Apologies for cross-posting.

UW-Madison is currently negotiating a license with Swank, and we seemed to have reached an impasse regarding language that they insist is essential and that we have profound misgivings about. They are insisting on language stating that they can question our being able to subscribe to any of their streaming video titles and can require us to prove that the use of any title is exclusively “educational.” Our attempts to date to have them remove this language have not been successful; nor can we get them to explain exactly what the criteria are that would prompt such action on their part or what the process would be. Here is part of the problematic language plucked from the license agreement:


“New release Titles along with content not typically aligned with the intended Purpose, may require additional information upon request. Swank reserves the right to decline the use of certain Titles if it is determined the intended use does not align with the Purpose.


We responded by asking what additional information might be required and expressed that we’re unclear what this scenario entails. Swank responded with the following:


“This provision outlines that for new release films (released in last 12 months) and others that aren’t typically used for educational purposes (e.g. Wedding Crashers) may require additional detail related to the course and intended academic use of the film to ensure alignment with the Purpose and therefor our rights.”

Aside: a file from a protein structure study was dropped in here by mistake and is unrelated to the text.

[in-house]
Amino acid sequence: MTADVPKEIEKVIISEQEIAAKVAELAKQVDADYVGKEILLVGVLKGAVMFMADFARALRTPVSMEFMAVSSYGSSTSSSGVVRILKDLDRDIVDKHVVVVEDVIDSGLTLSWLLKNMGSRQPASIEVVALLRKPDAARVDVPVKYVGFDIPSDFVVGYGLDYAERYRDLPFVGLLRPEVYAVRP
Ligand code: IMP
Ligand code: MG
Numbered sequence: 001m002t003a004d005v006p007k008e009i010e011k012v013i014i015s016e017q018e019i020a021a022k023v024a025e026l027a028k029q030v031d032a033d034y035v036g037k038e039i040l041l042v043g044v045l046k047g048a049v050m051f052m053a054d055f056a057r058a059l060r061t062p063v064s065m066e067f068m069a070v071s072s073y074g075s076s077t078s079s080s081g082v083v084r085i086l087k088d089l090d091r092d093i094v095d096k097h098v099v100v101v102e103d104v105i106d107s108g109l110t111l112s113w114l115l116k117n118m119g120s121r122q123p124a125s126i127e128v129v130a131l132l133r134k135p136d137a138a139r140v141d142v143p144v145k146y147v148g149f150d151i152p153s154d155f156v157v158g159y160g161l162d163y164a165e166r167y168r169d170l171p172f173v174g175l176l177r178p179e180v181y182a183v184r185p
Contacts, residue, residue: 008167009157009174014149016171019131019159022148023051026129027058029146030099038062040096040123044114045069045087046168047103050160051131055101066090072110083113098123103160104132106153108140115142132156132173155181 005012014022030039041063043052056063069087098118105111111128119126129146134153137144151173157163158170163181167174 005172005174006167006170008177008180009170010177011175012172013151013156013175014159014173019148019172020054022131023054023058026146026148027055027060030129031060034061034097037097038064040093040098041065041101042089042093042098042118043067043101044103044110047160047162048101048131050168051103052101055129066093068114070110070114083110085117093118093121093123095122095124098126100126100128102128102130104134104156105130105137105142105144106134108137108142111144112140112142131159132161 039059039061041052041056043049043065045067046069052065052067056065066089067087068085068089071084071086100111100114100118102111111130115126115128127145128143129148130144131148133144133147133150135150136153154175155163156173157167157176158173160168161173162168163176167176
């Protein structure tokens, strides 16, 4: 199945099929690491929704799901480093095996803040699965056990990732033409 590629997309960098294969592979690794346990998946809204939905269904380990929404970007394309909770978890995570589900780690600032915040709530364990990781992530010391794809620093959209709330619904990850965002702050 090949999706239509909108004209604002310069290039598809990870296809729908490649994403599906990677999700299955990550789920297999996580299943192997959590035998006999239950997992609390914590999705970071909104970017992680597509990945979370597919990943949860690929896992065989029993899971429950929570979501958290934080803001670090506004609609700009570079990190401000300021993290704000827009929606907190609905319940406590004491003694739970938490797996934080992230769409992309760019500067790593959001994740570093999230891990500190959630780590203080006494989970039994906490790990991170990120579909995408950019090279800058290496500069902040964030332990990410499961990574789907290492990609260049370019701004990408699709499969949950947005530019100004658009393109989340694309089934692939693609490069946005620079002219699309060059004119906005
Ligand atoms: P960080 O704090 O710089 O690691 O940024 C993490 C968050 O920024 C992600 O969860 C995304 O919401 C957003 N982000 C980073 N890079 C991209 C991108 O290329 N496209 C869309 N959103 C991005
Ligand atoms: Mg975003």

A later comment:


To your point, any film can be used for education which is exactly why we maintain this process. It helps to ensure that we are able to continue offering every single title that we have rights to as opposed to only those with a direct educational connection. With all due respect to the other streaming platforms you mention, none of them have the library of films that we do with not only educational value but also the largest commercial and box office value of any library available. It is for this reason that we must retain the ability to confirm the intended educational use of the film and while you may have every intention of using the platform as reserves for your instructors, we often times encounter schools wanting to use our streaming film library for reasons other than that, in violation of our agreement and rights. This process is a must have for us.”


Our plan to begin our Swank subscription was with 50 titles that were chosen by a group of subject librarians who work directly with faculty and who selected these 50 titles, many of which are new release films from commercial studios, specifically to support teaching and learning. We trust their judgment and feel strongly that Swank needs to allow its academic customers to make content choices that support their mission, as all other streaming video vendors do. We feel that what they’re asking us to commit to with this language is unacceptable for an academic institution.  


We would greatly appreciate if others who have successfully negotiated with Swank could share your strategies. You can contact me off list, if that is preferable.


Thank you!


Treasa Bane (she/her/hers)

Electronic Resources Management Librarian

University of Wisconsin-Madison

Memorial Library

728 State Street

Madison, WI 53706